The week before Thanksgiving, we received an email announcing the arrival of Chicago-based HomeMade Pizza Company here in Washington and inviting us to sample some of their products (guess what they serve). Though we were interested, we hesitated to take them up on the offer – because it is our policy to only write about restaurants and foods we actually enjoy, we were worried that we might end up in an awkward position if we weren’t fans.
As it turns out, we had nothing to worry about.
For the past ten years, the people behind HomeMade have been providing an all-natural shortcut to Chicago families on pizza night. Instead of settling for delivery from a national chain or going out for über-heavy deep dish, they can order in a pie that is made fresh in the store and then delivered in shrinkwrap, ready to be popped in the oven whenever they’re ready.
With a decade’s worth of experience under their belts, they’ve decided to take on DC. Their first step: the arrival of their new location at 4857 Massachusetts Avenue (out past American University). We sampled two of their pies – the Fresh Herb and the Sausage and Caramelized Onion – as well as their Pear and Blue Cheese salad, and the quality of the ingredients was immediately apparent.
Tasting notes, photos and more about the company itself after the jump.
I made the drive out to HomeMade Pizza Company late on a Thursday afternoon, eager to avoid rush-hour traffic heading out of the city in the evening. I’m not going to lie – it’s a bit of a hike to get out there unless you live in upper Northwest or you’re a student at AU. But I had no trouble finding the store, situated in the same shopping plaza as Wagshal’s.
Inside, I was greeted by a clean, spare setup with a view into the back where employees were preparing pizzas for pickup. The counters were gleaming white, and a menu board on the wall announced “HomeMade’s Favorite Ensembles” – combinations of toppings that put “Meat Lovers” and “Supreme” to shame. To further whet the appetite, they’ve got a display case off to the left where they actually show off some of their best-sellers. I picked up our two pies and salad, thanked them and headed for home.
Once I got there, we set the oven for 425 degrees and unwrapped the Sausage and Caramelized Onion pizza. It definitely looked handmade, with a generous sprinkling of cheese, crumbled sausage, and large pieces of caramelized onion. We unfolded the parchment paper beneath the pie, left it sitting on its cardboard base, and set it in the oven to bake for 12 minutes (the directions suggested 10 to 15).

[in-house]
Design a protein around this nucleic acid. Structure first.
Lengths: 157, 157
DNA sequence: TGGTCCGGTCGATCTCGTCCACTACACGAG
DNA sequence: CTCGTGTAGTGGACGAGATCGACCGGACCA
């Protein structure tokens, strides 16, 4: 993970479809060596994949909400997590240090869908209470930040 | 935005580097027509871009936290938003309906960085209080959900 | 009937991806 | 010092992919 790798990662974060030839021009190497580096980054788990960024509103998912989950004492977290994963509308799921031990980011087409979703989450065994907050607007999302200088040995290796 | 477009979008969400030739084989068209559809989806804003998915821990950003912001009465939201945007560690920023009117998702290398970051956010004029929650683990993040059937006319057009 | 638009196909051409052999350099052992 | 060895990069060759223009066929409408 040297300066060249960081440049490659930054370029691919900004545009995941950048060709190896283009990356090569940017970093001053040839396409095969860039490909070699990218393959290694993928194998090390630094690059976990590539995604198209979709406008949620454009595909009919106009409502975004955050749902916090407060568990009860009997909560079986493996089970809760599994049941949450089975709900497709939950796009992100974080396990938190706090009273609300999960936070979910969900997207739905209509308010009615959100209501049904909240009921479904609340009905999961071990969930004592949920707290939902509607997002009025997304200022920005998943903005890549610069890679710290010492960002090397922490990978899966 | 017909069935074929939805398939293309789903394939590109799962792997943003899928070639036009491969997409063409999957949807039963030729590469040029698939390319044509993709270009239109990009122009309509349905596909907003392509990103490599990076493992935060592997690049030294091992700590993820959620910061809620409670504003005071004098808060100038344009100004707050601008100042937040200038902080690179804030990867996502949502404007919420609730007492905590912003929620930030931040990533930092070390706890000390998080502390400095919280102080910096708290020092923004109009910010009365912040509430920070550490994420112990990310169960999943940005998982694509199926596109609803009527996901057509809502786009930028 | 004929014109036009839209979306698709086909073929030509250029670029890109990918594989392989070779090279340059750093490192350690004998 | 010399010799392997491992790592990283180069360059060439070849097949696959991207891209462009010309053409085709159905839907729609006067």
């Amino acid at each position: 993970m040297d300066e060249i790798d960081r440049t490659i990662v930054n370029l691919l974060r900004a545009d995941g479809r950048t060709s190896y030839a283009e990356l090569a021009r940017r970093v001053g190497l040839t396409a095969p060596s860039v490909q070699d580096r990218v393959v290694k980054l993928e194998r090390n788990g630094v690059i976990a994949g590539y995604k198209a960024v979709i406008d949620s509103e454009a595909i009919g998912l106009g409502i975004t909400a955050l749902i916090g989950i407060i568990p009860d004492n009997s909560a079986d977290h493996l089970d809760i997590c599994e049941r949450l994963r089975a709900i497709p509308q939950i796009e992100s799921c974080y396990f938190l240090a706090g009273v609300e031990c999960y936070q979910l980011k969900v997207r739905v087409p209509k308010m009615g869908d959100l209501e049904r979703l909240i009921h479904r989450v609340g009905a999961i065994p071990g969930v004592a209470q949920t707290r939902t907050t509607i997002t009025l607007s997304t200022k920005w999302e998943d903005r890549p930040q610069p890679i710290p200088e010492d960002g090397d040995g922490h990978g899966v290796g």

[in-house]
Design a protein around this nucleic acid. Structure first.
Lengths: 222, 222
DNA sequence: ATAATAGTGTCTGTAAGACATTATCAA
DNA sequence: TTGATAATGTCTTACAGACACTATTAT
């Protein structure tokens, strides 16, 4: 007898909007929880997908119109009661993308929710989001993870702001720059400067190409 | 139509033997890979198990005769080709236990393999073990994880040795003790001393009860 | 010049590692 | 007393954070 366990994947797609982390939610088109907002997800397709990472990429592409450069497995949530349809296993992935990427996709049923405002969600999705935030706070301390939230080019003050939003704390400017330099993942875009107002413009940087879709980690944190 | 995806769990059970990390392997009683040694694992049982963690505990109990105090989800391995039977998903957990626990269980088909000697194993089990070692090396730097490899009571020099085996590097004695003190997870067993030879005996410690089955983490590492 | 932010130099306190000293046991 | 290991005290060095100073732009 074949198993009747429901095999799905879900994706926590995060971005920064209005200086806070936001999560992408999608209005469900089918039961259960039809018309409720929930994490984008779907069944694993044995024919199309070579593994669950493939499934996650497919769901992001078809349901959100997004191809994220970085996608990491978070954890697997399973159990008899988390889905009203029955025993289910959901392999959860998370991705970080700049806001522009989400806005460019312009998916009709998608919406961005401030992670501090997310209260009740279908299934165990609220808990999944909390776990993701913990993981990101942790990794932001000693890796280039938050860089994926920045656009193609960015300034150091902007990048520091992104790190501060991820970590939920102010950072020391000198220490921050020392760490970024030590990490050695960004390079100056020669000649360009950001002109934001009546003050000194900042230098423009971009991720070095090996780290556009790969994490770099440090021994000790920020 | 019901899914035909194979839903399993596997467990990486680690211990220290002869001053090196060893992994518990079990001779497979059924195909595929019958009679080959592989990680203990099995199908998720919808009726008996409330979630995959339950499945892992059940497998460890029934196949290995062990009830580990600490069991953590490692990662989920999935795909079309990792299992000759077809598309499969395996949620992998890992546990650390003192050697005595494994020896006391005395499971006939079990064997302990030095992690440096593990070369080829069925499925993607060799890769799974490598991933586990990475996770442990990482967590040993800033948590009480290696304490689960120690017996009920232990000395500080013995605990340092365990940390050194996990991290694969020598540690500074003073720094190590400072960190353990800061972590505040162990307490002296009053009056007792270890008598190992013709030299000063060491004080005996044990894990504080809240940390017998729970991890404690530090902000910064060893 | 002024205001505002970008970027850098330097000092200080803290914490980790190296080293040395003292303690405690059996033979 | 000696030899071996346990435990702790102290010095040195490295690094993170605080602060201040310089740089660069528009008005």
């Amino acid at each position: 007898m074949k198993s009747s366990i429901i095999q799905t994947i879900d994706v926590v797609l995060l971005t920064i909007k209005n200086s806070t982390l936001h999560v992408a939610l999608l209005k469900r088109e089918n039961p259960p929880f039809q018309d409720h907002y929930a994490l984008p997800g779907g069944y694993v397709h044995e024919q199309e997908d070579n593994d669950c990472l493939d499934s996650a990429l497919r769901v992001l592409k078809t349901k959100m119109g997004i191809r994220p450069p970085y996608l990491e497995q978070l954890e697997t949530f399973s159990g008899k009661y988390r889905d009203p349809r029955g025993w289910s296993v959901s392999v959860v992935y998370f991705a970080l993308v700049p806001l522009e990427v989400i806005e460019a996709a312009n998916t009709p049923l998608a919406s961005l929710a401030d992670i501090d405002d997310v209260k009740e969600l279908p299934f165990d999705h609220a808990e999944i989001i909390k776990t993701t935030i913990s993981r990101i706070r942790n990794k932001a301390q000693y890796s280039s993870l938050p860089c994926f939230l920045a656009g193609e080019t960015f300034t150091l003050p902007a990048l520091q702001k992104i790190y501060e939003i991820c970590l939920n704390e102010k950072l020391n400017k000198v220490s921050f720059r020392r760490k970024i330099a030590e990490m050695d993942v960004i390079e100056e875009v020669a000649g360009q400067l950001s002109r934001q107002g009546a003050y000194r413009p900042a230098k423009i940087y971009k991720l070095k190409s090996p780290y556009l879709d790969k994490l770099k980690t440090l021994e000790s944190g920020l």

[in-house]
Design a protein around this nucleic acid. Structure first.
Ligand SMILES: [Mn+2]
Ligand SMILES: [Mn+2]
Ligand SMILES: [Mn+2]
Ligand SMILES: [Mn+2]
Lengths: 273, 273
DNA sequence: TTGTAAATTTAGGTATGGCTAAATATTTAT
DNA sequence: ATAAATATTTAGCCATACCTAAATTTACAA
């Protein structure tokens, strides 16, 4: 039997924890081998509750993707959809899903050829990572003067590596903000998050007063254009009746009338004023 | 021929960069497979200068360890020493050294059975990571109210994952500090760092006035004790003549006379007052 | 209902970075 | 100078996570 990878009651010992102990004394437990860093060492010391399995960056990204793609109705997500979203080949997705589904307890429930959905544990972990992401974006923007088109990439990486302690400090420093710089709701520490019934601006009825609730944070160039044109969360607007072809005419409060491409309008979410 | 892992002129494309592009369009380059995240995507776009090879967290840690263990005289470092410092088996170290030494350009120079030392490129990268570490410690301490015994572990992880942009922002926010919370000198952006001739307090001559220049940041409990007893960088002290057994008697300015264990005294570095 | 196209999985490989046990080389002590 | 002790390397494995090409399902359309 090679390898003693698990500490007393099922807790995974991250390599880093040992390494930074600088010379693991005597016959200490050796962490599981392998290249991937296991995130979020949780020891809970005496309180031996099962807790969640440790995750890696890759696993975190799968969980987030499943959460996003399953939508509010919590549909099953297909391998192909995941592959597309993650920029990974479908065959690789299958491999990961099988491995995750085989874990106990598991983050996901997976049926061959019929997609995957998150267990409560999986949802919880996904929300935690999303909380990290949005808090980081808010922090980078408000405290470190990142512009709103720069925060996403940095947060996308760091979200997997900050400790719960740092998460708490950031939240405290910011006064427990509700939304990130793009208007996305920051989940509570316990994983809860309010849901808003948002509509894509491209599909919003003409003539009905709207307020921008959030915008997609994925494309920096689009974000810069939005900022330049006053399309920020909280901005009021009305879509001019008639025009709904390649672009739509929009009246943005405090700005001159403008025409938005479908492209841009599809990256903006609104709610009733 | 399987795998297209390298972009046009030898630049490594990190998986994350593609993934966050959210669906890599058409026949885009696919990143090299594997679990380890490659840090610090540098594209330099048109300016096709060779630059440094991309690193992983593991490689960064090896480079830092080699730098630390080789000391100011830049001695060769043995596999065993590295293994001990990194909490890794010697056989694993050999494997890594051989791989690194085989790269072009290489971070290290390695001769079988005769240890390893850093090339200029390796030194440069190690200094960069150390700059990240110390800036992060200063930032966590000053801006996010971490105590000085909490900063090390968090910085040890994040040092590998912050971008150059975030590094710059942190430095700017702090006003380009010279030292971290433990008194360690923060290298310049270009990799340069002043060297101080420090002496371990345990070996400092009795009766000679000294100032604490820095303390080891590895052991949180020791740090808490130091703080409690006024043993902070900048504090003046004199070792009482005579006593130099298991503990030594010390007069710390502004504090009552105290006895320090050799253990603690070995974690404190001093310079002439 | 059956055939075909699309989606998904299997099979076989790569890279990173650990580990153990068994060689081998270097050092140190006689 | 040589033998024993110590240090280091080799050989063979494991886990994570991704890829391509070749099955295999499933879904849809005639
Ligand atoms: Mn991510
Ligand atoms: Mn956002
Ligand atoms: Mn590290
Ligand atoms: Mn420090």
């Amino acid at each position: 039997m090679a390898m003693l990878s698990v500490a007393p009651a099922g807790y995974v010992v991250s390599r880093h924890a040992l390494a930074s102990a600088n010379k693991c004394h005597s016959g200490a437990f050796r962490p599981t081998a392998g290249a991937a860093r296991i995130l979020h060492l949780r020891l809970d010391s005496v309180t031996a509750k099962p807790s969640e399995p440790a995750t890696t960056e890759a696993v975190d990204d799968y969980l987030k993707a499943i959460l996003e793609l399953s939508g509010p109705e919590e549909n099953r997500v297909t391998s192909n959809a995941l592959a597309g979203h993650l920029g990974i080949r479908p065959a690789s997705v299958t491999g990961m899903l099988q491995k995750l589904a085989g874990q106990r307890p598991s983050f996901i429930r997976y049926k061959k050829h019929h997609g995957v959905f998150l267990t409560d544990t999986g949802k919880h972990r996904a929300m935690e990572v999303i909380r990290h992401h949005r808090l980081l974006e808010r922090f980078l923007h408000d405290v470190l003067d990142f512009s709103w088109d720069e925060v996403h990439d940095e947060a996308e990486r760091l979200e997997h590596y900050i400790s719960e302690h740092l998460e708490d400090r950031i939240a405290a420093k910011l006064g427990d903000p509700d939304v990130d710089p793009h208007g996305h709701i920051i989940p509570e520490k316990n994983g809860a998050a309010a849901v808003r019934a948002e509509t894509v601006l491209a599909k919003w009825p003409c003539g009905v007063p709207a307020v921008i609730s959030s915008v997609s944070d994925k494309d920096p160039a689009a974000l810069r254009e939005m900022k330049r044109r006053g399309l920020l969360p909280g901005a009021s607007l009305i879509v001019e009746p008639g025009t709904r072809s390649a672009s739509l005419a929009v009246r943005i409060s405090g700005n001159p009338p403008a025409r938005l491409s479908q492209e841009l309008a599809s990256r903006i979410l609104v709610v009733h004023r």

The pizza came out glistening and gooey, taunting us as we waited the suggested 3 minutes to facilitate cutting. When it was ready, we sliced it and got a good look at it – golden brown crust with a sheen that suggested butter or oil, a surface well-covered with cheese and toppings, and just a few spots of rich, red tomato sauce peeking through.
The flavors lived up to the hype, with a tomato sauce that actually tasted like tomatoes instead of sugar, sweet onions and savory sausage. And although the crust was definitely brushed with something to give it an extra richness (and probably to help it crisp), it didn’t feel greasy or heavy.
The pie was surprisingly filling, so we ended up putting off making the Fresh Herb pizza that night. In fact, we waited two days before we fired up the oven a second time to try our second pizza. I was worried that a few days’ delay might have had an adverse affect on the ingredients, but they actually held up really well. This pie was just as light, but the addition of fresh chevre and the absence of tomato sauce made it feel like less of a pizza and something more like the flatbread appetizers at Founding Farmers.
The Pear and Blue Cheese salad was a refreshing complement, if not especially unique. The sweetness of the pear and the tang of the cheese were joined by caramelized walnuts that gave it some extra crunch, and the balsamic vinaigrette dressing tied it all together nicely. Although I was quick to dismiss the salad as nothing special, upon further reflection I realized that the fact that it came from a takeout pizza place was.
Prices at HomeMade reflect the quality of the ingredients they’re using, with their signature pizzas running between $14.75 and $16.75 for a 12-inch ($16.95-$18.95 for a 14-inch Large). Salads start at $3.95, and larger versions will run you $7.75. In addition to their pizzas and salads, they offer all-natural ice cream in half a dozen flavors and big cookies to take home and bake just like the pizzas.
One item I noticed on their menu (and in store) that really caught my eye was their “Cutie Pie Kit.” This is a box that includes five 9-inch pizza rounds, sauce, cheese and your choice of three toppings, as well as aprons and hats for $39.95. It’s aimed at kids’ parties, but it sounds like fun to us, as well!
Overall, our experience with HomeMade Pizza Company was a positive one, but their current lack of delivery is likely to keep it from becoming a go-to dinner option in our household. On a good run, their location is more than 30 minutes’ drive from our place. And since our daily lives rarely take us out that way, the odds of stopping in on a whim are significantly decreased. But if you live in the area or if you need an alternative to the chains and the store-bought stuff, HomeMade Pizza Company may be just what you’re looking for.
HomeMade Pizza Co.
4857 Massachusetts Ave., NW